Many families will understandably be put off by this film’s darker tone and subject matter, especially in a Guardians Of The Galaxy movie. I for one love it because it shows how it’s relevant to all of us. We all feel like experiments in a broken world, desperately clinging to the small things we can control and finding happiness in the little moments that bring us joy. That’s exactly the spot where Rocket finds himself in this movie, and it humanizes him so, so effectively. The previous two Guardians movies told us what happened to Rocket, but we never really understood what that felt like. Guardians Of The Galaxy Vol. 3 puts everything into perspective, and its impact is more powerful than an Infinity Stone.
But just because this is a darker, more serious Guardians movie doesn’t mean it doesn’t have the traditional blockbuster fun that the franchise is known for. When we’re not following Rocket’s journey through trauma and recovery, we’re following the Guardians on their quest to protect him, and they’re as infectious and lovable as they’ve always been. Their banter and dialogue with each other is hilarious, the one-liners are clever and quick-witted, and their performances are the most passionate and emotional as they’ve ever been. I love how my favorite moments in this movie aren’t fast-paced CGI action scenes, but rather smaller character-building moments where the Guardians share their emotions, experiences, and fears and help each other work through them together. In one scene in particular, a furious Gamora yells at Nebula during an argument, telling her that they’re family. “So are they,” Nebula responds definitively.
Speaking of performances, I need to give special praise to Chukwudi Iwuji, who portrays the High Evolutionary with Shakespearean-level commitment. Generally speaking, Marvel villains can be a mixed bag. When done right, they can be as compelling and intimidating as Thanos or Killmonger. When done poorly, they’re run-of-the-mill bad guys whose only purpose is to fight our heroes like Ant-Man’s Yellowjacket or The Eternals’ Deviants. The High Evolutionary is neither of those. He is a downright despicable character, a twisted and sadistic madman who takes great pleasure in inflicting pain and torture upon his poor creations. The fact that he feels justified in his actions makes him a bigger monster than anyone else in the movie, and Chukwudi plays him with such conviction that it makes it hard to see him as anything but a vile, sinister, wicked, wretched, unhinged megalomaniac. I’m not quite sure if Marvel has put out a better villain than Chukwudi. The closest I can think of is Willem Dafoe’s Green Goblin, and even then, I’m not quite sure that counts.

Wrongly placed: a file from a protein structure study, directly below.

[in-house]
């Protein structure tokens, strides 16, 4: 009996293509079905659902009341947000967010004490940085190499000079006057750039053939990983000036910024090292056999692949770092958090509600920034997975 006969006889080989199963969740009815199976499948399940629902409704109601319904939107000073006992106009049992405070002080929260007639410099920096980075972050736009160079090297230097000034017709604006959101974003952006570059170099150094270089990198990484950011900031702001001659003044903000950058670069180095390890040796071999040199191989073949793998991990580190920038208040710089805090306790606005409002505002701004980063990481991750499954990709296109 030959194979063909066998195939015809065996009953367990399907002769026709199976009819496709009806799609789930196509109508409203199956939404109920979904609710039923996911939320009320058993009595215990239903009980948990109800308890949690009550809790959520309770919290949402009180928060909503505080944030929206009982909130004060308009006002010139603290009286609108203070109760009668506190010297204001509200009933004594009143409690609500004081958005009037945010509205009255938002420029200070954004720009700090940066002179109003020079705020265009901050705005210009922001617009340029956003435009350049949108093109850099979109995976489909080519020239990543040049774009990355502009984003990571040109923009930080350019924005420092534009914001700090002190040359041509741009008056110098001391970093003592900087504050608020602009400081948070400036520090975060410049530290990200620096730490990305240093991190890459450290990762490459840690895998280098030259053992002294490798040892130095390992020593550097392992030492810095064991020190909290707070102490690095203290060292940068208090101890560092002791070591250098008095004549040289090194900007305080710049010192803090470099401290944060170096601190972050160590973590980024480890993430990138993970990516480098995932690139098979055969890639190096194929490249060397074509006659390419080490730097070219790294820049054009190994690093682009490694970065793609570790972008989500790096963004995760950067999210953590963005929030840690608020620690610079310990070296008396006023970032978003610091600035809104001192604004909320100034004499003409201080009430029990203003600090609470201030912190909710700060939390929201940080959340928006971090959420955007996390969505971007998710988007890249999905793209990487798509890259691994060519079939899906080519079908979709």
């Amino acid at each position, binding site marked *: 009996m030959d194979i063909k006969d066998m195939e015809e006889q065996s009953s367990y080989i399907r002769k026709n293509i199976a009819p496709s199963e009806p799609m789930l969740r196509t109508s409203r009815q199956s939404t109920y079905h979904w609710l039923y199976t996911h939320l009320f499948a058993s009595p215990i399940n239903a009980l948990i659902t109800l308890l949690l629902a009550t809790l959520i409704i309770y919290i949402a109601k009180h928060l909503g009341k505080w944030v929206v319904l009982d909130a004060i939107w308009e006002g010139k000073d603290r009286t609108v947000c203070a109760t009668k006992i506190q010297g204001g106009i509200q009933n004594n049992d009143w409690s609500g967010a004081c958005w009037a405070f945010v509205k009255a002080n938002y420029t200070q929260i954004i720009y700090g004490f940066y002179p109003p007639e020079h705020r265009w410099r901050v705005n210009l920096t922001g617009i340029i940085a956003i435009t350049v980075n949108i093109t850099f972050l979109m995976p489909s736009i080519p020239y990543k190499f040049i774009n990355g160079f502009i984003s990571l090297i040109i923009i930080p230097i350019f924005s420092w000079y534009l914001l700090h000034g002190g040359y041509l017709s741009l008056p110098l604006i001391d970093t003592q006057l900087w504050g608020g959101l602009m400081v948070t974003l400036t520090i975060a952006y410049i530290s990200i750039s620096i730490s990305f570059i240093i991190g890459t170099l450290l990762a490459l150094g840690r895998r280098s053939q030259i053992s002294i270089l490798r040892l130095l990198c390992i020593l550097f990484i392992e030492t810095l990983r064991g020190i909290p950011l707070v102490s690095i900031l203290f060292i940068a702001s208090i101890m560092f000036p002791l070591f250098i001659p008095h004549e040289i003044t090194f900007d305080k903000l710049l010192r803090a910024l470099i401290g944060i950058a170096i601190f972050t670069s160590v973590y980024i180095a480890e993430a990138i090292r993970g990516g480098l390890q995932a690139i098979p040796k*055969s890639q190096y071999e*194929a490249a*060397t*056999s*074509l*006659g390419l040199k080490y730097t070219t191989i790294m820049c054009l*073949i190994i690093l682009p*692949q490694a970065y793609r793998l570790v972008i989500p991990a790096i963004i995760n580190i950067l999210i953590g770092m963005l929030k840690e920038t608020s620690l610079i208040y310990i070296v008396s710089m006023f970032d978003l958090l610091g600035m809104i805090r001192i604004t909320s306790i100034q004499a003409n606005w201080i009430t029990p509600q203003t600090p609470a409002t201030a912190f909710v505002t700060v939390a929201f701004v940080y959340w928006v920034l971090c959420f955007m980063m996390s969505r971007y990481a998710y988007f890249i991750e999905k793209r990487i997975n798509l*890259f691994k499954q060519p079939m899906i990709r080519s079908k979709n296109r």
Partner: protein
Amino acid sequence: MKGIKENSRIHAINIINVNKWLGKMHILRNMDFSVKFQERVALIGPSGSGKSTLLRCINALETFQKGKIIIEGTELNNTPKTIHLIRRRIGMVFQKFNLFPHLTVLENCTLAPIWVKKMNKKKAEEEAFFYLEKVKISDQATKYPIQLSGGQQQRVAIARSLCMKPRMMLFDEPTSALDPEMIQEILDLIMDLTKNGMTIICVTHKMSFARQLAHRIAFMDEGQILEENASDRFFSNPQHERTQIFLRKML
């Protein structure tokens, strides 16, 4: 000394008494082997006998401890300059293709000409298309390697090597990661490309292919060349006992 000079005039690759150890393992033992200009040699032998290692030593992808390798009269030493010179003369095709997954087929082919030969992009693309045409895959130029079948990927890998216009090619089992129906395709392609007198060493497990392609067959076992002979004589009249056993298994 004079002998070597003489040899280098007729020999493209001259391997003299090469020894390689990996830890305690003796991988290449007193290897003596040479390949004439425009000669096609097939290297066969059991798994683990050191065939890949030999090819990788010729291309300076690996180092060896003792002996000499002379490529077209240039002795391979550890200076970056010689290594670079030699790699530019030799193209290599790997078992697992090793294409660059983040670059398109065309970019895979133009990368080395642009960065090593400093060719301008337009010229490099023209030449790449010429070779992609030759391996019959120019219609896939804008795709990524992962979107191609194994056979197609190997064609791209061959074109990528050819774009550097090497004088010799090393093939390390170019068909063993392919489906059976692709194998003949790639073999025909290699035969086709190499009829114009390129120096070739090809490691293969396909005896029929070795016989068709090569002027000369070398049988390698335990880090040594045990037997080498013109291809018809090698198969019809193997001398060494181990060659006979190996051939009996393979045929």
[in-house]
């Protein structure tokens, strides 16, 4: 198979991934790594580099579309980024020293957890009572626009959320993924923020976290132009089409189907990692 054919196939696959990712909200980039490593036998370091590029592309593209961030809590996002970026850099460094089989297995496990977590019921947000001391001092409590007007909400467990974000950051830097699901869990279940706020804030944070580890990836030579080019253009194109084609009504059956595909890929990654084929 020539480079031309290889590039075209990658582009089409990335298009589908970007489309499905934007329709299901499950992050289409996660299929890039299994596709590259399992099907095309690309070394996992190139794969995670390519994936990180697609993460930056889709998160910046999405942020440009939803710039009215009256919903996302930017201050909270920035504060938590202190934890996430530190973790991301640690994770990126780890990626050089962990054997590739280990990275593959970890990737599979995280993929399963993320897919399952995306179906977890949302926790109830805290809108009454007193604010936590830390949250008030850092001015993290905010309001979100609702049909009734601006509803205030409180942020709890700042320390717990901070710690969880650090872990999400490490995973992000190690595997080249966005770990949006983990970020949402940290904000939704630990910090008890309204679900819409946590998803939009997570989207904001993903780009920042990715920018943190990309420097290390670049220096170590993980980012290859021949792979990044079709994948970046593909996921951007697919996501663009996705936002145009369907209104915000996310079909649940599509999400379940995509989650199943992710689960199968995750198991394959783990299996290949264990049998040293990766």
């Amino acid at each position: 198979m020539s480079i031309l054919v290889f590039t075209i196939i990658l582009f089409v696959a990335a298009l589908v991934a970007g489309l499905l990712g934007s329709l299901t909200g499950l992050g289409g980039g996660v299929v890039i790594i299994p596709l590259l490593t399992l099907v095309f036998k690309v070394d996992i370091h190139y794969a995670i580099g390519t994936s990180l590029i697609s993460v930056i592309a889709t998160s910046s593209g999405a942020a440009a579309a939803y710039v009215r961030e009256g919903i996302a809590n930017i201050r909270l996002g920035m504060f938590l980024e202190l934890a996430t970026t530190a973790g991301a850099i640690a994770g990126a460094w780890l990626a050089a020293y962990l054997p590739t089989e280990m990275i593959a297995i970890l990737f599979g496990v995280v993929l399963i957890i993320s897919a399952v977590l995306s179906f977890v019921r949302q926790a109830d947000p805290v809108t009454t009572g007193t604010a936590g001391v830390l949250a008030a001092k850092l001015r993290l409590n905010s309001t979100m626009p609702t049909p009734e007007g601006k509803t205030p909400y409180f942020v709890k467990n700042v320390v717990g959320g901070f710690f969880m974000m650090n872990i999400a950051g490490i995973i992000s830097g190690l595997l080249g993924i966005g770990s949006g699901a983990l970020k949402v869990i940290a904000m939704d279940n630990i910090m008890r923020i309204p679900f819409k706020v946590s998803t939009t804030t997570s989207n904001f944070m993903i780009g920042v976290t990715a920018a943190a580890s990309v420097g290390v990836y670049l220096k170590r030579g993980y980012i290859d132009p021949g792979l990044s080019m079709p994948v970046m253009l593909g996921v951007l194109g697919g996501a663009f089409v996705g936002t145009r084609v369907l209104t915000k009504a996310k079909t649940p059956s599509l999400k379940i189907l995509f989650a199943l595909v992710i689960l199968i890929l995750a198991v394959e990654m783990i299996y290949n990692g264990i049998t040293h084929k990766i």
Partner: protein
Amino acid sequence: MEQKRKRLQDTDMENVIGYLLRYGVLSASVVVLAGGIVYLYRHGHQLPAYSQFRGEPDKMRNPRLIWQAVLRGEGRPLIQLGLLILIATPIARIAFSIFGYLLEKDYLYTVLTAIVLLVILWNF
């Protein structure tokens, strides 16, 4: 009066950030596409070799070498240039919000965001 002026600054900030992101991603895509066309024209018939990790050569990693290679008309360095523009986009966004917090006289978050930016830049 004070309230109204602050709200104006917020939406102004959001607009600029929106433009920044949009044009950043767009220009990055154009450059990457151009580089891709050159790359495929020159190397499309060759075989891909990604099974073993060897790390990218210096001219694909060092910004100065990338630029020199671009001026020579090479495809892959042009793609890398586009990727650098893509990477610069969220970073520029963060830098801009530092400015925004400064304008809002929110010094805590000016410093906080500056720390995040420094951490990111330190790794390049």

There are several other fantastic elements in this movie that are not to be ignored. Kraglin has an excellent arc that brings honor to his relationship with Yondu. Cosmo the space dog is one of the most lovable support characters out of the whole MCU and brings an adorable quality we haven’t seen since Dug in Pixar’s Up. And Will Poulter gives an excellent performance as a new character named Adam Warlock, who is the closest thing to a traditional superhero we get in this movie. His part is small, but he too has a wonderful arc and serves a vital purpose in the story, just like all of the characters do.
When it comes to great superhero movies, the biggest challenge many filmmakers face is making sure their film does justice to the characters’ legacies, whether you’re talking about Iron Man, Hulk, Captain America, Black Panther, or Spider-Man. But James Gunn’s accomplishment with The Guardians Of The Galaxy stands apart. Many years ago, he introduced a whole crew of galactic misfits that nobody expected anything from. Yet, his biggest accomplishment isn’t bringing a talking raccoon and his ragtag group of friends to the big screen — it’s how much we end up caring about all of them.
Or, to put it another way, “We are Groot.”